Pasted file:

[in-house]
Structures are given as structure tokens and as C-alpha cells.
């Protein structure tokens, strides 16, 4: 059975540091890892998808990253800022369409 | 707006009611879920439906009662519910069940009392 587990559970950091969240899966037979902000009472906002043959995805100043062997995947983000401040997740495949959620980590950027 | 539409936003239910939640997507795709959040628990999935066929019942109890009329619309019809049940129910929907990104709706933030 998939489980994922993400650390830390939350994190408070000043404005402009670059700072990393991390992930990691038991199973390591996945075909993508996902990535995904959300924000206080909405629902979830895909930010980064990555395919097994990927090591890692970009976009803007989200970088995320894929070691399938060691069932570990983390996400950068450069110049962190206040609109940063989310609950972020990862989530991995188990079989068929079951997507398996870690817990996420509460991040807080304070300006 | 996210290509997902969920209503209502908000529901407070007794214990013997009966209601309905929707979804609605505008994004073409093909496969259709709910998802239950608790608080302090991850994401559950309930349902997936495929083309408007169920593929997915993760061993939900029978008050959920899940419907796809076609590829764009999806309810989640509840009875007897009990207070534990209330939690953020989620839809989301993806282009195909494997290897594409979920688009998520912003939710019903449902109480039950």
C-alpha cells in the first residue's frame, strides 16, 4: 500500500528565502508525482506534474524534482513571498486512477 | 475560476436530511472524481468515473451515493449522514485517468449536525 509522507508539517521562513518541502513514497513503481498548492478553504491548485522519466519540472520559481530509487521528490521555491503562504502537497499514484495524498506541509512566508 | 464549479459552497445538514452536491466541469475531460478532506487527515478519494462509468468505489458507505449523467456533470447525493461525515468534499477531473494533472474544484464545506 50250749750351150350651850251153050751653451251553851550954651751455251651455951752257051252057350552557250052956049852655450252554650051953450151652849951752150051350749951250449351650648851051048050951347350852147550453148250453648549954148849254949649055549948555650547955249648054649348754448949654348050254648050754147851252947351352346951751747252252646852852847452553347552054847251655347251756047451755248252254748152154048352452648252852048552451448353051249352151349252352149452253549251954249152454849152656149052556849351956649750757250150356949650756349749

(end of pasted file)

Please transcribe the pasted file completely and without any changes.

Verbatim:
[in-house]
Structures are given as structure tokens and as C-alpha cells.
């Protein structure tokens, strides 16, 4: 059975540091890892998808990253800022369409 | 707006009611879920439906009662519910069940009392 587990559970950091969240899966037979902000009472906002043959995805100043062997995947983000401040997740495949959620980590950027 | 539409936003239910939640997507795709959040628990999935066929019942109890009329619309019809049940129910929907990104709706933030 998939489980994922993400650390830390939350994190408070000043404005402009670059700072990393991390992930990691038991199973390591996945075909993508996902990535995904959300924000206080909405629902979830895909930010980064990555395919097994990927090591890692970009976009803007989200970088995320894929070691399938060691069932570990983390996400950068450069110049962190206040609109940063989310609950972020990862989530991995188990079989068929079951997507398996870690817990996420509460991040807080304070300006 | 996210290509997902969920209503209502908000529901407070007794214990013997009966209601309905929707979804609605505008994004073409093909496969259709709910998802239950608790608080302090991850994401559950309930349902997936495929083309408007169920593929997915993760061993939900029978008050959920899940419907796809076609590829764009999806309810989640509840009875007897009990207070534990209330939690953020989620839809989301993806282009195909494997290897594409979920688009998520912003939710019903449902109480039950």
C-alpha cells in the first residue's frame, strides 16, 4: 500500500528565502508525482506534474524534482513571498486512477 | 475560476436530511472524481468515473451515493449522514485517468449536525 509522507508539517521562513518541502513514497513503481498548492478553504491548485522519466519540472520559481530509487521528490521555491503562504502537497499514484495524498506541509512566508 | 464549479459552497445538514452536491466541469475531460478532506487527515478519494462509468468505489458507505449523467456533470447525493461525515468534499477531473494533472474544484464545506 50250749750351150350651850251153050751653451251553851550954651751455251651455951752257051252057350552557250052956049852655450252554650051953450151652849951752150051350749951250449351650648851051048050951347350852147550453148250453648549954148849254949649055549948555650547955249648054649348754448949654348050254648050754147851252947351352346951751747252252646852852847452553347552054847251655347251756047451755248252254748152154048352452648252852048552451448353051249352151349252352149452253549251954249152454849152656149052556849351956649750757250150356949650756349749